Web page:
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the american dream. people are not a nebulous, abstract concept. people are what this is all about. everything we do here is for the people, or it should be. government is about serving the people, and the people are why we're here. people of alaska today and certainly the people of alaska tomorrow. that's important to remember, because there's no tomorrow without people. and we can never lose sight of that. to that end, together we can enact policies like the healthy families initiative for our people hard pro-children -- that are pro-children, pro-mothers, pro-fathers, pro-family. i know this might sound strange to some, but we have to make it okay, we have to make it okay again to have families, to put a family together and to have children. with new revenue from our carbon initiative, we can enact policies that are welcoming for
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kids and families. for alaska to compete for the next 50 years, we do need to be a place where families want to be. we can't allow government policies and attitudes to box young people into a corner where they believe there's no hope, there's no chance and there's no purpose to having kids or forming a family. we've been fed a marive over the years that -- narrative that, ultimately, conclusively if followed to its logical conclusion leads to our own demise. we've been fed a false narrative that you can have it all as long as you don't have children and maybe a family. and i believe that doesn't have to be. ..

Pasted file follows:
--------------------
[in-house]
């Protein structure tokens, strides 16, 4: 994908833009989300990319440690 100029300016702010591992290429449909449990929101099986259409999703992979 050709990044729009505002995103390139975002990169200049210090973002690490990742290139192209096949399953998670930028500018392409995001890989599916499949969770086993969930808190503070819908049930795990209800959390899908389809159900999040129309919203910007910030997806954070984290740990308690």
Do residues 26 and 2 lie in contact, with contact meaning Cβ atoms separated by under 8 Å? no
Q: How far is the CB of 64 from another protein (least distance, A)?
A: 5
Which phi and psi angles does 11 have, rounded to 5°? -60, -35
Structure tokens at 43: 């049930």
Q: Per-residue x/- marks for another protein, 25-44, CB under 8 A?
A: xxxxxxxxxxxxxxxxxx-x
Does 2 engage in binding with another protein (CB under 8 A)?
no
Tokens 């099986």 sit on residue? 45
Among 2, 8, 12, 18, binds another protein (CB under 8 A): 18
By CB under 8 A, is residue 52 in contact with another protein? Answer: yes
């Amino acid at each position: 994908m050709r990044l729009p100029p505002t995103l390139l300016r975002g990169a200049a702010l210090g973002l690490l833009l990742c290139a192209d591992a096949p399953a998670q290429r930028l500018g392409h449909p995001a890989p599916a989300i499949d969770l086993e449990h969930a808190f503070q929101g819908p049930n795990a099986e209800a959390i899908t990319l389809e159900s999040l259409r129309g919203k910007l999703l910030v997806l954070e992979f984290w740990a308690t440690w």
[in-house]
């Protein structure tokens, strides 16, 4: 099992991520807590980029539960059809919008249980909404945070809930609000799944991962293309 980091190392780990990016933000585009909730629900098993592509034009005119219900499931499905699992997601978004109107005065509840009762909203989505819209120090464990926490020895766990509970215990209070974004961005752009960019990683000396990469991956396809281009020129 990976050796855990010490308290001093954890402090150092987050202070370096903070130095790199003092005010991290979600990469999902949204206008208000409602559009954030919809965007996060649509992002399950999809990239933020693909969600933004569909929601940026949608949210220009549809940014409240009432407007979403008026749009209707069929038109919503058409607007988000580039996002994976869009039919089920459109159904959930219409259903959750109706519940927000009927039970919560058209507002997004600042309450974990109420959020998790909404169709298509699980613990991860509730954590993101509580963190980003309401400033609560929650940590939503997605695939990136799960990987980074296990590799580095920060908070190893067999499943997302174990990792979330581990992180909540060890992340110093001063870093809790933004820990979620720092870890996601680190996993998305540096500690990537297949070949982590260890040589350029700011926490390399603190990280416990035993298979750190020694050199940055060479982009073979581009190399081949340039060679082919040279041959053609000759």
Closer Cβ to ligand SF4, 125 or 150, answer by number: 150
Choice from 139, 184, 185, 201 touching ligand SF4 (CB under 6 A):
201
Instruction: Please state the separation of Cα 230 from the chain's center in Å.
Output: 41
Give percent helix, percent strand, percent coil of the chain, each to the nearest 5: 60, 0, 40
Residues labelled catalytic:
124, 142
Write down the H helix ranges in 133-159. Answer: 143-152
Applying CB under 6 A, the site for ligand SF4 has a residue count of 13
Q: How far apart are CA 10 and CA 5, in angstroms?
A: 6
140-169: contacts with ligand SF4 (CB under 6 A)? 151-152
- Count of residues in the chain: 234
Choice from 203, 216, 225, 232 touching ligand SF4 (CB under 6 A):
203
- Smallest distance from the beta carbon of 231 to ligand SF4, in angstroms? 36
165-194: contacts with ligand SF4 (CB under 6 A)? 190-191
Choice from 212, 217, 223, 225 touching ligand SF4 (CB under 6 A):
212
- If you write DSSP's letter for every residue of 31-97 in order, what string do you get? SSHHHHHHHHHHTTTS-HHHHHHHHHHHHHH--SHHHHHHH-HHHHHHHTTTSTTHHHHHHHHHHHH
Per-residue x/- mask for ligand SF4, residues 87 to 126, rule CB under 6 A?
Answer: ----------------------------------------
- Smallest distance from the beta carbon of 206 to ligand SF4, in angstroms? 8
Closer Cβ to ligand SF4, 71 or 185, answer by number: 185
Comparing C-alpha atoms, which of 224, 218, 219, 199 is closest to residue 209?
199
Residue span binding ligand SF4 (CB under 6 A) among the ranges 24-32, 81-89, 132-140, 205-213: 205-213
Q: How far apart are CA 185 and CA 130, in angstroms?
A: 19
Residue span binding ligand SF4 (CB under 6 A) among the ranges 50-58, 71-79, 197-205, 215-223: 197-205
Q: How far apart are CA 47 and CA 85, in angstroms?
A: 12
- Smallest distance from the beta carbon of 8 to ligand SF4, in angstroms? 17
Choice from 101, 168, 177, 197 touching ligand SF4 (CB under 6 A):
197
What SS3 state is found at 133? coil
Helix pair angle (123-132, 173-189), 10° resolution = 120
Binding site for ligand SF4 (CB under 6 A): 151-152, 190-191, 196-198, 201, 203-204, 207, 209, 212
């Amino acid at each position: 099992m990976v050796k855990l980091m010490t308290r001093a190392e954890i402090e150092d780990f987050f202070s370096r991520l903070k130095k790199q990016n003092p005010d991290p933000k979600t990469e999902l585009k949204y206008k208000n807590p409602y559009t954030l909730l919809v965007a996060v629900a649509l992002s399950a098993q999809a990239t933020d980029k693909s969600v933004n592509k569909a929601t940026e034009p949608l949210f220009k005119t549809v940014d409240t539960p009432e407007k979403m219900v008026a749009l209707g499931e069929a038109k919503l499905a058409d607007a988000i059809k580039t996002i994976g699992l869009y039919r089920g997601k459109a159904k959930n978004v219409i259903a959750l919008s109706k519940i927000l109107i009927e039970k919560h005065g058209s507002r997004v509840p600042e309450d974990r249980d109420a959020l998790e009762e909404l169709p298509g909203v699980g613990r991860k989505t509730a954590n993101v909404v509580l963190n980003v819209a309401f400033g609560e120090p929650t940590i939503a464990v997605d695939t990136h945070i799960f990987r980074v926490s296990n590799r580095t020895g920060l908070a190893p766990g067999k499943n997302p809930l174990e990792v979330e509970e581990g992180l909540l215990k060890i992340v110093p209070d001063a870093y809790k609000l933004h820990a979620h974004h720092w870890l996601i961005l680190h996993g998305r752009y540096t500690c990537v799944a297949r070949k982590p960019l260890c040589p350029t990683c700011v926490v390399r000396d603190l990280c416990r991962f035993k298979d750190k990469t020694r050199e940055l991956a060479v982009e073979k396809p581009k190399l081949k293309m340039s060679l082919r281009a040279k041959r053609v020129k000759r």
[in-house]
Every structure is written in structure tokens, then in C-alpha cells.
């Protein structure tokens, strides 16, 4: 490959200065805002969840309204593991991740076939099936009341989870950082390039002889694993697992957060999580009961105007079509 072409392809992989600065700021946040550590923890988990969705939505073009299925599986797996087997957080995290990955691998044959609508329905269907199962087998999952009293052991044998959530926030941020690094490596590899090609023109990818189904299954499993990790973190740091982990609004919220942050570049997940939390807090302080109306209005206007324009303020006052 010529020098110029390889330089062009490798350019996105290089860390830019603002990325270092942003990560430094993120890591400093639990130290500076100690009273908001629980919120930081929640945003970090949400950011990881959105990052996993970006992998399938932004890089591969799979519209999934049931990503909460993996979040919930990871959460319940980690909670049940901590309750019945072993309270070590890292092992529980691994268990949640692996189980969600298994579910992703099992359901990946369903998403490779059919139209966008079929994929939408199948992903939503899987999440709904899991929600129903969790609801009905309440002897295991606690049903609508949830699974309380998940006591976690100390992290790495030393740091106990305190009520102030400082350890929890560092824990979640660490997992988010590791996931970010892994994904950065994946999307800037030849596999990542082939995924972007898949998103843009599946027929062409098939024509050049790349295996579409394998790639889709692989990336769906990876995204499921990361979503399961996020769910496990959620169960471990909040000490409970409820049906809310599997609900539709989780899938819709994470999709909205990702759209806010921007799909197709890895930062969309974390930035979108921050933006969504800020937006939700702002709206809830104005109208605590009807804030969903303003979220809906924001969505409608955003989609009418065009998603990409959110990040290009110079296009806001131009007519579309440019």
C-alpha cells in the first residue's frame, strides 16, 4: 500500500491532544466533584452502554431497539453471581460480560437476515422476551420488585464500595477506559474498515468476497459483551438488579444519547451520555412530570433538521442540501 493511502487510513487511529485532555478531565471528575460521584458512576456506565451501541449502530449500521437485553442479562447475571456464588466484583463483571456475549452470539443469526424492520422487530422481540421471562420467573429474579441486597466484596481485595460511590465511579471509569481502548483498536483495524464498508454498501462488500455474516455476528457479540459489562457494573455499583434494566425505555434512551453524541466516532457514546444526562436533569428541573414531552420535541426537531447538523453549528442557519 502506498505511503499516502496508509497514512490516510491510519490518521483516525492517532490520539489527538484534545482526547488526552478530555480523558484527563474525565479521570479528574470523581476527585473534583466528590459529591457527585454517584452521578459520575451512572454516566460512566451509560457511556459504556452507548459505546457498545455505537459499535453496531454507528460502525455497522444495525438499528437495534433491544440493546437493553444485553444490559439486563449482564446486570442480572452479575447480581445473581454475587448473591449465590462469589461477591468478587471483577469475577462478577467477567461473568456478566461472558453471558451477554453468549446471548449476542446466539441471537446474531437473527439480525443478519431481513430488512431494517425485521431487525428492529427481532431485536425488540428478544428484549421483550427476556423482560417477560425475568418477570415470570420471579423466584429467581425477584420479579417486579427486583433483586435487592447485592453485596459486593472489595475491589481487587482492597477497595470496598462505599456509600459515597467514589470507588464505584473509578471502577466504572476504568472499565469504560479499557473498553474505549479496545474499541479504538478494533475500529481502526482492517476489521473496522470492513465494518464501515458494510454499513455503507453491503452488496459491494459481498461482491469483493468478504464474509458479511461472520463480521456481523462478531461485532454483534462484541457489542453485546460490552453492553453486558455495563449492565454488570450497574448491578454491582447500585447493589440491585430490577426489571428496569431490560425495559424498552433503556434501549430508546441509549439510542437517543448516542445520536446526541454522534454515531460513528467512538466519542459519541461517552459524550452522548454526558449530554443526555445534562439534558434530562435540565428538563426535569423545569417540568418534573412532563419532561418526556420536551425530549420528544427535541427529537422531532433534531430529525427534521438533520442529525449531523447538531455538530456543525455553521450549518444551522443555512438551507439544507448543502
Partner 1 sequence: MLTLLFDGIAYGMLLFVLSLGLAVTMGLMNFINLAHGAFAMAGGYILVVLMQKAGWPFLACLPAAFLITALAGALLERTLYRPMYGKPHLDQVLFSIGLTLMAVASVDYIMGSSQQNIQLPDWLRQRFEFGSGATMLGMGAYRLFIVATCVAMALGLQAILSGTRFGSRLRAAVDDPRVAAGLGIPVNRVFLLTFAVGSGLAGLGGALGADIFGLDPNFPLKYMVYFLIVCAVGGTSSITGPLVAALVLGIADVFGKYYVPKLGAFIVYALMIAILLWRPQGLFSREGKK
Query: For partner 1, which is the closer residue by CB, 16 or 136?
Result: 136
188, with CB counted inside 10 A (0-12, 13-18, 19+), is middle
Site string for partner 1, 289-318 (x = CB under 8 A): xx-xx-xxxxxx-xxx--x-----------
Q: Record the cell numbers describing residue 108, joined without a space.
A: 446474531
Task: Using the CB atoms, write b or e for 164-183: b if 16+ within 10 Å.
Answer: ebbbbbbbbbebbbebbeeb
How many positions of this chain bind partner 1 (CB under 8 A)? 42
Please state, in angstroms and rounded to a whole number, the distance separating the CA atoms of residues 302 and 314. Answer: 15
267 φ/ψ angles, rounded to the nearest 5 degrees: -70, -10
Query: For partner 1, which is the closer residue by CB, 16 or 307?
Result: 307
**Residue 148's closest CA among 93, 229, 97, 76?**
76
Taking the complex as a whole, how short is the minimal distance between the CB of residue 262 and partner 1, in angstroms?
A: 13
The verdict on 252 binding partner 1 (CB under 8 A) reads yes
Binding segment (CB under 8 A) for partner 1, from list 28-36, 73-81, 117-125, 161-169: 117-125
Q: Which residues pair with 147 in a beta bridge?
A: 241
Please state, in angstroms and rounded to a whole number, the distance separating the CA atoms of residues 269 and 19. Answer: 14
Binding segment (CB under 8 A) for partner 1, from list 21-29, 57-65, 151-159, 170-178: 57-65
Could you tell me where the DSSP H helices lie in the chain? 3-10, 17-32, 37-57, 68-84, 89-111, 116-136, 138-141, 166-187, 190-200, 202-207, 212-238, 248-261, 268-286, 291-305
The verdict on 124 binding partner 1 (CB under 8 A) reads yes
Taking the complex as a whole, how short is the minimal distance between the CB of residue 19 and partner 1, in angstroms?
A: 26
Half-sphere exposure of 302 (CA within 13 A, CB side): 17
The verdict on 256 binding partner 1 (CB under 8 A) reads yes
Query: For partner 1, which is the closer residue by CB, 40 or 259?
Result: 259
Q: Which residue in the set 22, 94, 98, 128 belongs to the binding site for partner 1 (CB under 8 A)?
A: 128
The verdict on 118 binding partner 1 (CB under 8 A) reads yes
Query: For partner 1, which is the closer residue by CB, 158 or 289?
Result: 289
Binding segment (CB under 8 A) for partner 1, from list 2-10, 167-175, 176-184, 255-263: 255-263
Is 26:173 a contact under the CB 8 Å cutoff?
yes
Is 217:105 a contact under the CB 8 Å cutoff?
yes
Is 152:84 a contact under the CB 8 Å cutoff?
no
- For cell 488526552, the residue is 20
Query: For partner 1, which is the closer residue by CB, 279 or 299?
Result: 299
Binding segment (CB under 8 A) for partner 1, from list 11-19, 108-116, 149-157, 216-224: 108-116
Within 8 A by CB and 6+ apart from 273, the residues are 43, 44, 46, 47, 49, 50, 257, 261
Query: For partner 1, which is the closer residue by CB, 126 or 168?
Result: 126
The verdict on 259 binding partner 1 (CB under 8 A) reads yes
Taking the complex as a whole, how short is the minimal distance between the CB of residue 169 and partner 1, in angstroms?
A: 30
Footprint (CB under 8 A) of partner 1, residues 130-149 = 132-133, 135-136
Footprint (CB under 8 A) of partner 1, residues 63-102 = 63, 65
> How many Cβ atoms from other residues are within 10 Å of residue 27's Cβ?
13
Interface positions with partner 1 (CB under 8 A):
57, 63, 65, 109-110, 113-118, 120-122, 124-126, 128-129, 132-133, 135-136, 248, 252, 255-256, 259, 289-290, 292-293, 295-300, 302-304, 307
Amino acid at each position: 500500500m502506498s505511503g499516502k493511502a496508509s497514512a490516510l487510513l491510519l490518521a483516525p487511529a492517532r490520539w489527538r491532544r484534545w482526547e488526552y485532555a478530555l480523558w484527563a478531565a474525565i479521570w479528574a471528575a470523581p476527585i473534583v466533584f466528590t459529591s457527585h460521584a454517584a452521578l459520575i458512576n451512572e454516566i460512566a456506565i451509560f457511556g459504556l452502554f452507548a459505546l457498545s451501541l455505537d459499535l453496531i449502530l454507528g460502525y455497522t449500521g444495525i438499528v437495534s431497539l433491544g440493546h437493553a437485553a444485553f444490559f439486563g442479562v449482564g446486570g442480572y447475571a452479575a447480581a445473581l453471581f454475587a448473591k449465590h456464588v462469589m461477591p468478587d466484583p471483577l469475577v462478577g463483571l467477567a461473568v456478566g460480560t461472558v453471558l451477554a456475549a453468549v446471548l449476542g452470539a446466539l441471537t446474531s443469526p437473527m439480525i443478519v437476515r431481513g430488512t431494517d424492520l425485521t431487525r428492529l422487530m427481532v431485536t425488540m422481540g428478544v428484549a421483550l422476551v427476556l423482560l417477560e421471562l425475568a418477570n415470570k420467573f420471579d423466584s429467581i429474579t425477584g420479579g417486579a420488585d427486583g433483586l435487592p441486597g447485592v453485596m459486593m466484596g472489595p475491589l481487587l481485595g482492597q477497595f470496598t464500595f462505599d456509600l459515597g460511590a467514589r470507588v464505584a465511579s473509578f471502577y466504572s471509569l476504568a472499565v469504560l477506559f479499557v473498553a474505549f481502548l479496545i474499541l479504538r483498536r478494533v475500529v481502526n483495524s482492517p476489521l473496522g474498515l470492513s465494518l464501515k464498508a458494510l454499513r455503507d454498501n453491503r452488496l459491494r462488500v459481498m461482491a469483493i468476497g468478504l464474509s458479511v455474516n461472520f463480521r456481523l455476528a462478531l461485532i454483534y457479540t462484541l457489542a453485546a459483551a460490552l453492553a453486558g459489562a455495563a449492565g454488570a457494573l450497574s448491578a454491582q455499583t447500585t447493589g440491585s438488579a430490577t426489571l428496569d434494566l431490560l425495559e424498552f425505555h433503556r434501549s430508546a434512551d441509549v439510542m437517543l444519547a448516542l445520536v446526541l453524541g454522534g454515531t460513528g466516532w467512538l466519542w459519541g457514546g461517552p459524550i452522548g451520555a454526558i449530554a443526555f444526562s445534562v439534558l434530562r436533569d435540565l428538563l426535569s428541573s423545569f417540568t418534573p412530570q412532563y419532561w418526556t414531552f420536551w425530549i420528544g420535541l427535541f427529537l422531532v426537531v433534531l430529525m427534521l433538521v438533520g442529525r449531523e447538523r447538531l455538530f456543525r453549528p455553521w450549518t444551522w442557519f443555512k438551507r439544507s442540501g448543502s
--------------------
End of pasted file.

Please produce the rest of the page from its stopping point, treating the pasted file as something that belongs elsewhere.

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the past couple of years it has become even more challenging with inflation rising faster than wages, the cost of housing, food and energy are making people think twice about throwing their family or even starting one. our policy should not be a disincentive for forming families and having children. but, if we are successful at our jobs. we are here to do what we do we're going to next policies to reduce the cost of living in alaska and make it affordable to raise a family and have children but to gather it will improve our health care options for families. together spur economic development and create jobs with wages that can support a family. through the actions will take together, when people ask which of the 50 states and values in children's and family the most from the moment of conception on, i hope they say alaska.